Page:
A.B. Cop

A.B. Cop - Arcade (1990)


Sega sure did love three-dimensional scaling technology back in the day. Ever since Yu Suzuki gave us Space HarrierOutRunAfter Burner, and nearly everything else by Sega’s AM2 division, token arcades were revolutionized forever as a marvel of graphical prowess, showing that the appearance of video games could be as important (if not more so in some cases) as how they played. Some of the special cabinets were practically amusement park rides, with the 360 super-deluxe version of G-LOC: Air Battle serving as the most impressive of Suzuki’s work. Though to be sure, Sega wasn’t the first developer to create pseudo-3D vehicle titles (Namco beat them to the punch with Pole Position, for example), but they became the company most associated with objects growing really quickly so as to simulate them getting closer as you drove by them. One of Sega’s lesser-known games in this vein was A.B. Cop, which was actually developed by the obscure Aicom, makers of Vice: Project DoomPulstar, and other neat games that may sound familiar if you look up their Wikipedia page. Basically, imagine Hang-On if it were set in the future and had a battle element, and that’s what A.B. Cop brings to the table.

“A.B.” stands for “Air Bike,” and you are an officer of the A.B. corps sworn to apprehend criminals on the loose. Your rad machine floats inches above the ground, indicating a game set thirty minutes into the future where mutants and cyborgs run rampant. This premise plays out much like Chase H.Q., Taito’s fantastic vehicular combat racer where the goal was to pursue criminals and repeatedly smash their car with your own until they would pull over and surrender. However, you’d only get to ramming when it came to the stage boss; A.B. Cop takes matters one step further and allows you to crash into every criminal leading up to the boss. In fact, you are required to destroy every enemy’s vehicle before you can apprehend their leader. A meter of thug heads appears in the top-left corner ranging from five to seven punks, and you’ve got to keep ramming into their vehicles until they fall off. You only need to ding them once to start, but the baddies become more resistant in later levels. Your acceleration button generates these propulsion rings every time you press it, giving you a slight boost in speed. You also have a jump button which lifts your ride into the air, though you can only jump eight times to start. Picking up “J” spheres on the road add another jump to your collection, though it’s best to save your leaps for the big bads.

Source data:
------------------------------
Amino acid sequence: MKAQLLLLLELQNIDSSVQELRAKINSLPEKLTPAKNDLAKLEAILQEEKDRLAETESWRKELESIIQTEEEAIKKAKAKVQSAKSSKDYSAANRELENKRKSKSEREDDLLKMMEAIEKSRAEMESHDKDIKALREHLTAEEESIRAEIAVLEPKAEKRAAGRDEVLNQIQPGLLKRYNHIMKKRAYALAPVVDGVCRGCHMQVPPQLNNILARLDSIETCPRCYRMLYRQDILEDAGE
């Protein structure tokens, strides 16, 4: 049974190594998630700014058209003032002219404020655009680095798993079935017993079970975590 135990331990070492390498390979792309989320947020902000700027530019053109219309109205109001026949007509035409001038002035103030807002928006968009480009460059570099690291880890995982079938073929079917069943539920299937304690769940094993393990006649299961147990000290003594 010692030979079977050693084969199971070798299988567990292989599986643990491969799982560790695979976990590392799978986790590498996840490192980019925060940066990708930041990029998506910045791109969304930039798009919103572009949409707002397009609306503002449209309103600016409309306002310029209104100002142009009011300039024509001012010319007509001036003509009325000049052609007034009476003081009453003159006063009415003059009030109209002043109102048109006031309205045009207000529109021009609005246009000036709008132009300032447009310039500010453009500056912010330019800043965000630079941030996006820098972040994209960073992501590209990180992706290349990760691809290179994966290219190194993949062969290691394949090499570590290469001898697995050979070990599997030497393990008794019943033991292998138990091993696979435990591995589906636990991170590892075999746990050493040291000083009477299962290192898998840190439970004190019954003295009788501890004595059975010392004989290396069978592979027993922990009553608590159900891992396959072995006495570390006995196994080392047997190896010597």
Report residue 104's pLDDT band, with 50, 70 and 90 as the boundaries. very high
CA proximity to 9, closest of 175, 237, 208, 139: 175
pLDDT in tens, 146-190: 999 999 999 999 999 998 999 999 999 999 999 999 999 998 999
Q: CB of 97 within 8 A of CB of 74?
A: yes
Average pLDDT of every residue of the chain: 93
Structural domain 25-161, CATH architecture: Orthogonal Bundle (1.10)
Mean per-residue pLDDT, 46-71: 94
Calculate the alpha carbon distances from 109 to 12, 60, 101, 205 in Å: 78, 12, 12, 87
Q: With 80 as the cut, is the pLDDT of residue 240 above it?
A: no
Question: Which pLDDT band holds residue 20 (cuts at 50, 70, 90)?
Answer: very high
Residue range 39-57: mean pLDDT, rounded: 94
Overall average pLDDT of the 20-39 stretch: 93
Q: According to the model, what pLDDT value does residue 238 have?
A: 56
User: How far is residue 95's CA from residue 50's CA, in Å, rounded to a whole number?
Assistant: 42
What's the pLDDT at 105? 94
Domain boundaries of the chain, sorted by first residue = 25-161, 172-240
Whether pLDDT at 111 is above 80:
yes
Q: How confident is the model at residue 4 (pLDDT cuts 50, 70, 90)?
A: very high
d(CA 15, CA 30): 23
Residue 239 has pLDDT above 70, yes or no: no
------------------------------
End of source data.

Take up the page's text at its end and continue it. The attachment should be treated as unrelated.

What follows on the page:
You need to topple all criminals before the leader of each gang appears. For example, after taking down five goons in the first stage, you face off against “Boris the Skinhead,” a gruesome troll of a man with black pits for eyes, jagged teeth, spiked maces and a penchant for tossing fire everywhere. All bosses act similar in that they toss out projectiles to slow you down and swing melee weapons to block you if you get close, and you need to drain their lifebar to bring their getaway vehicle down in a bunch of explosions. Smashing into them while jumping blows off a large chunk of life and is the best way to win against them. A.B. Cop‘s over-the-top goofiness particularly shows through with its bosses; one stage has you hunting down a fully-armored shogun warlord who attacks you with skull ghosts, and the next level has you chase an evil clown through the desert as he pelts you with striped balls. This game knows it’s absolutely silly and revels in its own audacity, which makes the experience all the more fun. Take the continue screen, where bizarre frowning faces adorn the background as your cop shrinks in despair, whereas continuing transforms the faces into equally creepy grins as your guy triumphantly throws up his arms.

A.B. Cop is as fun as it is simple, though it can take several continues to beat. The difficulty takes a major spike up in level 3, which is somehow more difficult than most of the stages that follow it due to the high amount of interfering objects and the particular slipperiness of the ninjas making it really difficult to eliminate them all in the designated time limit. It can be tough to always align with enemies and hit them, where you’ll sometimes be trailing behind them even after boosting several times, and at other points you’ll overshoot them and they’ll take a while to catch up. You can’t ever actually die, but you can lose a couple of seconds if you’re hit so badly that your vehicle spins. Having to continue adds bonus time to make your reprise a bit easier, and you restart with a baddie already derided, but it may not always be enough to beat the stage without a little extra skill or luck. Even so, the game can be beaten within about twenty minutes easily, and the gameplay is incredibly simple to the point that A.B. Cop may be considered to emphasize its graphics over its substance. Then again, it runs on the same System X hardware as the legendary After Burner, and despite being three years after After Burner hit the public, A.B. Cop still makes very good use of the system’s power. Stills can’t do it justice, and the game itself is pretty danged fun to play, but nothing outside of the arcade could handle its graphical prowess and it was far from Sega’s most famous release, so emulation is really the only way to go outside of finding an actual A.B. Cop cabinet. However you play it, prepare to have a fun time ramming cyberpunks in the year 2XXX.

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